Here’s what has become law thus far from the legislature’s second session


On April 27, Gov. Janet Mills signed LD 2003 into law. The bill was finally passed by the legislature on April 25, the final day of the session.

Mills was joined at the signing ceremony, held in Augusta, by House Speaker Ryan Fecteau (D-Biddeford), who sponsored the bill, and Sens. Matt Pouliot (R-Kennebec) and Craig Hickman (D-Kennebec).

Supporters of the bill have positioned it as a way to address Maine’s housing shortage and increase the state’s supply of affordable housing. Provisions in the bill require the state to produce regional housing goals, create the Housing Opportunity Program within the Department of Economic and Community Development (DECD) to support the development of low- and moderate-income housing through new ordinances, and require certain municipalities to allow the building additional units on lots zoned for single family homes.

“States all over the country are struggling with housing shortages, and Maine is no exception. Today we are taking action in an entirely new way to grow our housing supply to meet demand. We’re seeing rising home and rent costs impacting families from Aroostook County on down. I believe that with this legislation, Maine will be on the forefront on solving this crisis,” Fecteau said.  

Critics of the bill argue that requiring municipalities to adopt ordinances erodes local control. They also say the provisions allowing the DECD to establish statewide housing production goals will create an inefficient system where the department acts as the master central planner for the state, resulting in unmanageable growth for municipalities and leaving them vulnerable to lawsuits since the bill requires the ordinances adopted to “affirmatively further” the federal Fair Housing Act. The bill also allows municipalities to adopt ordinances to regulate short-term rentals to meet the housing goals established by the state, which opponents say infringes on private property rights. 

“While successive amendments have taken into account some of the concerns we expressed in our initial testimony on LD 2003, we believe the reference to federal policy and opening the door to local overregulation of short-term rentals are incompatible with the goal of spurring a local culture of growth across Maine,” said Nick Murray, director of public policy at Maine Policy Institute.

The same day, Mills also signed LD 201, which extends the expiration date of the Maine Historic Rehabilitation Tax Credit. It also extends to 2030 the date by which the Maine State Housing Authority must report on a portion of the credit related to affordable housing.

Between April 15 and April 27, approximately 50 bills and resolves have either been signed by the governor or become law without her signature.

On April 15, Mills signed LD 1894, a bill that creates a registration process within the Public Utilities Commission for consumer-owned public utilities looking to provide broadband and other Internet services, into law.

On April 17, Mills signed LD 1446, a law that clarifies municipal authorities are able to issue concealed handgun permits and directs the Bureau of State Police to convene a stakeholder group to review the state’s laws related to issuing concealed carry handgun permits. LD 1857, a law requiring the attorney general to direct the judicial branch to give scheduling priority to cases involving the murder of individuals under the age of 18, also became law without the governor’s signature.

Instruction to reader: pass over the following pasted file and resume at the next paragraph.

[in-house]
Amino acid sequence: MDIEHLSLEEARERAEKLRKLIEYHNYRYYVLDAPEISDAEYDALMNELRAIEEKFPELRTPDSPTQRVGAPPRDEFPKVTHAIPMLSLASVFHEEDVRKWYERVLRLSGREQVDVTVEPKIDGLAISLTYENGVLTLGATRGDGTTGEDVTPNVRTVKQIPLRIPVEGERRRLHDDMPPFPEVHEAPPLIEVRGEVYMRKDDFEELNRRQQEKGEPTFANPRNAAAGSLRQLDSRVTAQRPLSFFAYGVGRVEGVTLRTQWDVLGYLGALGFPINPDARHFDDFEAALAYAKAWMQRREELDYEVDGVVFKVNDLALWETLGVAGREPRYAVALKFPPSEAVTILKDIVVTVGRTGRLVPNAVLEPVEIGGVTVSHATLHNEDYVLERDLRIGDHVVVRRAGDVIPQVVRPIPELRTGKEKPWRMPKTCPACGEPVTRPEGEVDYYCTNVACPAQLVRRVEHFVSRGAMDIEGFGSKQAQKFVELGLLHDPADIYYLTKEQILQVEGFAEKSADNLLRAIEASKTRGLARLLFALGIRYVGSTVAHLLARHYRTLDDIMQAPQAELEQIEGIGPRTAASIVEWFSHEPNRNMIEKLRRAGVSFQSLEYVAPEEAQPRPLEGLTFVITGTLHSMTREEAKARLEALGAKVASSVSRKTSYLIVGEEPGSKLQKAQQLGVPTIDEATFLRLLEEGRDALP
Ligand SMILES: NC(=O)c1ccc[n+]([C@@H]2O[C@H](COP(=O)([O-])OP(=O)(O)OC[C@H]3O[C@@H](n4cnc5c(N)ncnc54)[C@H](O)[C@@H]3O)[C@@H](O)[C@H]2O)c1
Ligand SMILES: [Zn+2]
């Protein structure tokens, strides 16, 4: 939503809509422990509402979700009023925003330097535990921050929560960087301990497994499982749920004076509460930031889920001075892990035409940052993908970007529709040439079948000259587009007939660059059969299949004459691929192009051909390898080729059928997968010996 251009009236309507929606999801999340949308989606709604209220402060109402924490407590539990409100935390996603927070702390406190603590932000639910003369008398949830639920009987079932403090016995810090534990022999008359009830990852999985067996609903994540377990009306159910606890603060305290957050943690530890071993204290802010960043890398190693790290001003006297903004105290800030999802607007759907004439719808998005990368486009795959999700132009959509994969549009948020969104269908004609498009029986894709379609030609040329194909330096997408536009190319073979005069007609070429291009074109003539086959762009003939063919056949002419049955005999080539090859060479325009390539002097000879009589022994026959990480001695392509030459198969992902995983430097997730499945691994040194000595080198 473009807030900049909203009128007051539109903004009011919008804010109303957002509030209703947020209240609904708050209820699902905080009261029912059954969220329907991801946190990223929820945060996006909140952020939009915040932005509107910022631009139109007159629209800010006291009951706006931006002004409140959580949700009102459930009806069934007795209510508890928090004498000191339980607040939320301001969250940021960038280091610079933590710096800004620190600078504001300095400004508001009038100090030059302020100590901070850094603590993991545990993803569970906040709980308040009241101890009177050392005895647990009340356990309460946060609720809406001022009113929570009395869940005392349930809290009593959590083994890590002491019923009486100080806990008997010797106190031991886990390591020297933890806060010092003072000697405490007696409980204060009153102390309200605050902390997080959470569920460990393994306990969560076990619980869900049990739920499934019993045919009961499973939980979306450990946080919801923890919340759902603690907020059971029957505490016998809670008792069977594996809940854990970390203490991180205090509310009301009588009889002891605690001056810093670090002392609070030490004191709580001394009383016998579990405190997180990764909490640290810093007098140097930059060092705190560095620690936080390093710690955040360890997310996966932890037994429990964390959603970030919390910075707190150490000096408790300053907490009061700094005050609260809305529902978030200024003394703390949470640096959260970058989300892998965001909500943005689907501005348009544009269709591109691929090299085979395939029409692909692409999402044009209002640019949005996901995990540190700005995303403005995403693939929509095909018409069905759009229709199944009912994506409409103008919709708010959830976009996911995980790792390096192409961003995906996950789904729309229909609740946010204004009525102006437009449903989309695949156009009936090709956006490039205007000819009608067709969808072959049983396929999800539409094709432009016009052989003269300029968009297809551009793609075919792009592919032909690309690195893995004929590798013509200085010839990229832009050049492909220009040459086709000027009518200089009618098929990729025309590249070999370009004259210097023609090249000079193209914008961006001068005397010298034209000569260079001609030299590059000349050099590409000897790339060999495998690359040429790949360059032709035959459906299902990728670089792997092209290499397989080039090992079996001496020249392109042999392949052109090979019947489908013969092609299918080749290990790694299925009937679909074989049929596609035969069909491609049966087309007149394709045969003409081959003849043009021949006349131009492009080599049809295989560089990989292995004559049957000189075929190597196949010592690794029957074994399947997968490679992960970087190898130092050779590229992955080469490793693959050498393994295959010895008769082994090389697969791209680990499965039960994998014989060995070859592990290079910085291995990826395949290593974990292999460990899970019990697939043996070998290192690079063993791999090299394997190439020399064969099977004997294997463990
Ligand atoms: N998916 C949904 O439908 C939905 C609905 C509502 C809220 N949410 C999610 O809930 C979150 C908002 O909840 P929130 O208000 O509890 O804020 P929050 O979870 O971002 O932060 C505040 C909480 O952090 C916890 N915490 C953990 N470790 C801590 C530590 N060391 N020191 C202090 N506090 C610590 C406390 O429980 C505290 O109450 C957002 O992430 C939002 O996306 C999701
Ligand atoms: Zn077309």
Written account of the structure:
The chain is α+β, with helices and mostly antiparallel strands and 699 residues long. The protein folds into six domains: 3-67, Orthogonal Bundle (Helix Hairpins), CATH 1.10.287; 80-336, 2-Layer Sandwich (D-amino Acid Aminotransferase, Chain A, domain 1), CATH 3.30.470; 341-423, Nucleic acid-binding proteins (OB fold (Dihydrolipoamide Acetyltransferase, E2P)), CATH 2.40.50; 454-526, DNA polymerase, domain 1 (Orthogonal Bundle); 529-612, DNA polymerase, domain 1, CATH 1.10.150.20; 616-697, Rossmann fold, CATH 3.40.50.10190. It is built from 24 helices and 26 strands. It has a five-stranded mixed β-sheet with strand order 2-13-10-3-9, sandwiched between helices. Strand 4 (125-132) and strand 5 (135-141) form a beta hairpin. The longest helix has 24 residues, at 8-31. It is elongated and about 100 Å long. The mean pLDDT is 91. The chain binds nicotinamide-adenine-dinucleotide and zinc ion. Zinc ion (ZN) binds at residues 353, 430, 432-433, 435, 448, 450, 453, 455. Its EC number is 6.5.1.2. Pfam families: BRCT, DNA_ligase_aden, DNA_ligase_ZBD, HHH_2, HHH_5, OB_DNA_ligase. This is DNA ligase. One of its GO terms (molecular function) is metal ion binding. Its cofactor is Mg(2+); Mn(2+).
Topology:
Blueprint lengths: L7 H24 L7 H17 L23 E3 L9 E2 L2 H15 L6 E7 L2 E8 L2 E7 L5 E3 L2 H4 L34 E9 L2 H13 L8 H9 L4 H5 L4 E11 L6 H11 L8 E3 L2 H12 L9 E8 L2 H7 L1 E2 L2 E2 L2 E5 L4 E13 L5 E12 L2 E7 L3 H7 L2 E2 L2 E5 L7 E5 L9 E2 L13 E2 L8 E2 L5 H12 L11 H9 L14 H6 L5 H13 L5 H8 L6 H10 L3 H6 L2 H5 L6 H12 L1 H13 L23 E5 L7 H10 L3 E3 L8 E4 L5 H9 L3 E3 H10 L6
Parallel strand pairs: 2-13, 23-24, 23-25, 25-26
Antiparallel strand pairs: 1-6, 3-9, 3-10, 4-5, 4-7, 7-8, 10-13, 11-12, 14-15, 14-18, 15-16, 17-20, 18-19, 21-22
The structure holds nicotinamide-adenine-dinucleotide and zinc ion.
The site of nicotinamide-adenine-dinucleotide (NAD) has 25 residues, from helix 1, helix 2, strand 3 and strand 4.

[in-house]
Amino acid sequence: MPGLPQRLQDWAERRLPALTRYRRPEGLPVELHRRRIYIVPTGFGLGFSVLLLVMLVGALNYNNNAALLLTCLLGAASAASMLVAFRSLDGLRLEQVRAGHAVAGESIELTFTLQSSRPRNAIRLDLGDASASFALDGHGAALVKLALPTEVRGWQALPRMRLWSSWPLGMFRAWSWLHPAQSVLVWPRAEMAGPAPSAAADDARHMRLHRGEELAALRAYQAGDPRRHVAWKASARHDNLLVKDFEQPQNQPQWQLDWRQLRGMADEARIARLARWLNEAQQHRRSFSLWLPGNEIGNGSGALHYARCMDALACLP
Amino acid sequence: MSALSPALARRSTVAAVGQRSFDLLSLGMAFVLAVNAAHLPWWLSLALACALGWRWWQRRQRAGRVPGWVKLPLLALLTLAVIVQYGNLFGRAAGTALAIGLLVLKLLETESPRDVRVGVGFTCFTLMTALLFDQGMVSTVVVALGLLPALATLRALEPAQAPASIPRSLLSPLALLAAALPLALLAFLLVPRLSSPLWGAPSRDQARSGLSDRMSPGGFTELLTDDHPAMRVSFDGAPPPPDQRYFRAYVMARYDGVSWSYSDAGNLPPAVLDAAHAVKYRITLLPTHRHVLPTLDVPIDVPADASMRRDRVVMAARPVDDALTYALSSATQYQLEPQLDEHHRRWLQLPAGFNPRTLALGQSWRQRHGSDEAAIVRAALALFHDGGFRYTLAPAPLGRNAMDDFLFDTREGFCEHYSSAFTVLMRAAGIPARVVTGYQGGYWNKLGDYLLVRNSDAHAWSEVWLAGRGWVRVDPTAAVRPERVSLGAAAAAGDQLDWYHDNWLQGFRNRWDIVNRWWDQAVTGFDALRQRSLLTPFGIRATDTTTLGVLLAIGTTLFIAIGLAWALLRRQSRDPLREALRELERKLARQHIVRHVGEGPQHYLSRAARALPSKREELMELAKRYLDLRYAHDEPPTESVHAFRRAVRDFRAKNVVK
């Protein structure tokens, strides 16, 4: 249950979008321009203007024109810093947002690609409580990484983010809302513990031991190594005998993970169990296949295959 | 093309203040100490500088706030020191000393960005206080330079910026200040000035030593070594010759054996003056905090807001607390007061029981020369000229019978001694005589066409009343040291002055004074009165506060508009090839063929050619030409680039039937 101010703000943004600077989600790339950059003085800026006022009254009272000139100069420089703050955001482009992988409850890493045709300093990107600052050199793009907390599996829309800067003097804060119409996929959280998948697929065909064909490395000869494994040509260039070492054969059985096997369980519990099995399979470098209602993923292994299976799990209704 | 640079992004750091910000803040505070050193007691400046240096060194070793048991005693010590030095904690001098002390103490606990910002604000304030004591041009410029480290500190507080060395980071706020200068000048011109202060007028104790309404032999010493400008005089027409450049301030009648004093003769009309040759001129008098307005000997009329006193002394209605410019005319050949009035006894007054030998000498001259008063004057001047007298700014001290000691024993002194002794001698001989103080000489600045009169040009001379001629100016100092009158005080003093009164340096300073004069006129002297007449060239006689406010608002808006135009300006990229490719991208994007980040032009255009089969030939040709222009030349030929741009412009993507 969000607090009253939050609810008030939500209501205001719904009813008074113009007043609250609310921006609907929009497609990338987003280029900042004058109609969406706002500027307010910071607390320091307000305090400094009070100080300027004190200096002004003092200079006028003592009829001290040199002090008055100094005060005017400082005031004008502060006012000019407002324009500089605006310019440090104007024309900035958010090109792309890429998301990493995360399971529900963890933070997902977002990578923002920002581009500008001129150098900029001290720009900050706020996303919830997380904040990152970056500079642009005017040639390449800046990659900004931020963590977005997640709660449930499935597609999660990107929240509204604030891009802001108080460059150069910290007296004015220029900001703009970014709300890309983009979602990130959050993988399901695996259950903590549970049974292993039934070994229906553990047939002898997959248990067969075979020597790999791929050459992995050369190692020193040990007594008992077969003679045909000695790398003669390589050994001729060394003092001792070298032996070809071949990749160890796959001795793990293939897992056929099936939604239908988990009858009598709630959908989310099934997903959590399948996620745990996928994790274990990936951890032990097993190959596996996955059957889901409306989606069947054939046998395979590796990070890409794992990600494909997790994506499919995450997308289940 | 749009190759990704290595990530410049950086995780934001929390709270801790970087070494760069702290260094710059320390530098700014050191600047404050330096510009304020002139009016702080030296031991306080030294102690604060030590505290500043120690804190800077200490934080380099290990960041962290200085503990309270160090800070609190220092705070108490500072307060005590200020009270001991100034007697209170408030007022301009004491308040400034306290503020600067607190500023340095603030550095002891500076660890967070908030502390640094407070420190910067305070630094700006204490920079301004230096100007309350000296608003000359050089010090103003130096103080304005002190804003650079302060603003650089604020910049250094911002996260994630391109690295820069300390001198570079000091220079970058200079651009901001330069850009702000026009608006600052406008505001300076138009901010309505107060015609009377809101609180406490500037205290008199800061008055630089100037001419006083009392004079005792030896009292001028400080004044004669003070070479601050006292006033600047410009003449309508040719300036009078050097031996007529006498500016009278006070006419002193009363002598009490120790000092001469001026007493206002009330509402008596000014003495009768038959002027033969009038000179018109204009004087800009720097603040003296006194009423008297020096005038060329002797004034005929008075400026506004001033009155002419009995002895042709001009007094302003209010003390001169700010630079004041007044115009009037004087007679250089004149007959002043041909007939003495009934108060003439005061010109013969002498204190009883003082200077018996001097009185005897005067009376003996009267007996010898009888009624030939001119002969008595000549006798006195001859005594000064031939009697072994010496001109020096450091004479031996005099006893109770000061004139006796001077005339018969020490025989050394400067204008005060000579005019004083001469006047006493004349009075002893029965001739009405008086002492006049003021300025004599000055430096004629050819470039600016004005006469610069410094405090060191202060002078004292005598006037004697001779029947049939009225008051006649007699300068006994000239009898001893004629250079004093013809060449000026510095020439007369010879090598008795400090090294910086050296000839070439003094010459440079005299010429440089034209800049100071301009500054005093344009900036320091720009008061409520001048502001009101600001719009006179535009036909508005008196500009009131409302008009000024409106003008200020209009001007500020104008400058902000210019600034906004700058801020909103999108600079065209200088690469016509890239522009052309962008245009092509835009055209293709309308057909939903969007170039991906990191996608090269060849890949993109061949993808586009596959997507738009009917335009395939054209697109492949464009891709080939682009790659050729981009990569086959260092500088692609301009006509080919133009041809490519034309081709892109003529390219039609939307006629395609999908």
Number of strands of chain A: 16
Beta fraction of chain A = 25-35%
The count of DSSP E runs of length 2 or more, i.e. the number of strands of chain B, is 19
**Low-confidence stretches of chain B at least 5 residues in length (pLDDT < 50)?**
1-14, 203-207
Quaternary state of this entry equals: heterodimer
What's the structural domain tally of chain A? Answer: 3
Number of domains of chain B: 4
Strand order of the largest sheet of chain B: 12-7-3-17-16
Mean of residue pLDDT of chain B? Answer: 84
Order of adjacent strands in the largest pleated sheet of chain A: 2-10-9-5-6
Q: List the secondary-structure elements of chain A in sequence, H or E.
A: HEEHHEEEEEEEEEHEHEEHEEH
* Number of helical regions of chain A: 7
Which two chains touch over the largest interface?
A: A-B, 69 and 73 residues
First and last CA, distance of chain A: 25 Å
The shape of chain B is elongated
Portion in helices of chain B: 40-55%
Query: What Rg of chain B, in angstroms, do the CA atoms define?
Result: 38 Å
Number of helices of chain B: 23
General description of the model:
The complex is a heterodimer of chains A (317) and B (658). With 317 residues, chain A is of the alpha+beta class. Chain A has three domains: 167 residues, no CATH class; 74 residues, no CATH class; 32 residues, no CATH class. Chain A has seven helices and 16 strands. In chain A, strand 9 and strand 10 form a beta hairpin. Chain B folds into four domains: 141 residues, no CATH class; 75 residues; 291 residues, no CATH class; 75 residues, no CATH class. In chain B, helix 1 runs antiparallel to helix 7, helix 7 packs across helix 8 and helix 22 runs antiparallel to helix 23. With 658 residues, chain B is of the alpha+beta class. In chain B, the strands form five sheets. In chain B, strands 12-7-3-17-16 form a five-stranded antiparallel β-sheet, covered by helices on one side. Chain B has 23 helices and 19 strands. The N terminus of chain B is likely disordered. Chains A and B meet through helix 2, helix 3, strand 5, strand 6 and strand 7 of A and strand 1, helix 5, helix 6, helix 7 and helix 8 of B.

Mills signed LD 1913 on April 18, an emergency bill creating the Electric Ratepayer Advisory Council and directing it to make recommendations to the Public Advocate about how to help Mainers afford electricity rates. She also signed a bill that clarifies the Maine Food Sovereignty Act applies to plantations and unorganized territories on the same day. 

On April 20, statutorily set to be the legislature’s last day of the second session, Mills signed a number of high-profile pieces of legislation, including LD 906, which gave drinking water rights to the Passamaquoddy Tribe, and LD 1911, which prevents waste from being spread without being tested for the presence of perfluoroalkyl and polyfluoroalkyl substances (PFAS).

The same day, Mills also signed the supplemental budget into law. A bill that the legislature passed, recalled from the governor’s desk, amended, and passed a second time also became law with Mills’ signature on April 20. The bill, LD 1758 prohibits the Department of Health and Human Services from requiring licensed mental health and substance abuse disorder treatment facilities to obtain written consent from patients during a public health emergency. Instead, they may obtain consent by written, verbal or electronic means. 

Also on April 20, Mills signed a bill that creates a rate reform system for MaineCare, a bill that makes it illegal to knowingly obstruct the entrance of a hospital or healthcare facility, and a bill that allows individuals working in certain trades that require professional licensure to obtain licensure by endorsement.

A bill that creates a dispute resolution board for loggers, which the Maine Department of Labor originally testified against, became law without the governor’s signature on April 26.

Lawmakers will return to Augusta on May 9 to deal with any vetoes issued by the governor in response to the legislature’s work in its final days session.


Please enter your comment!
Please enter your name here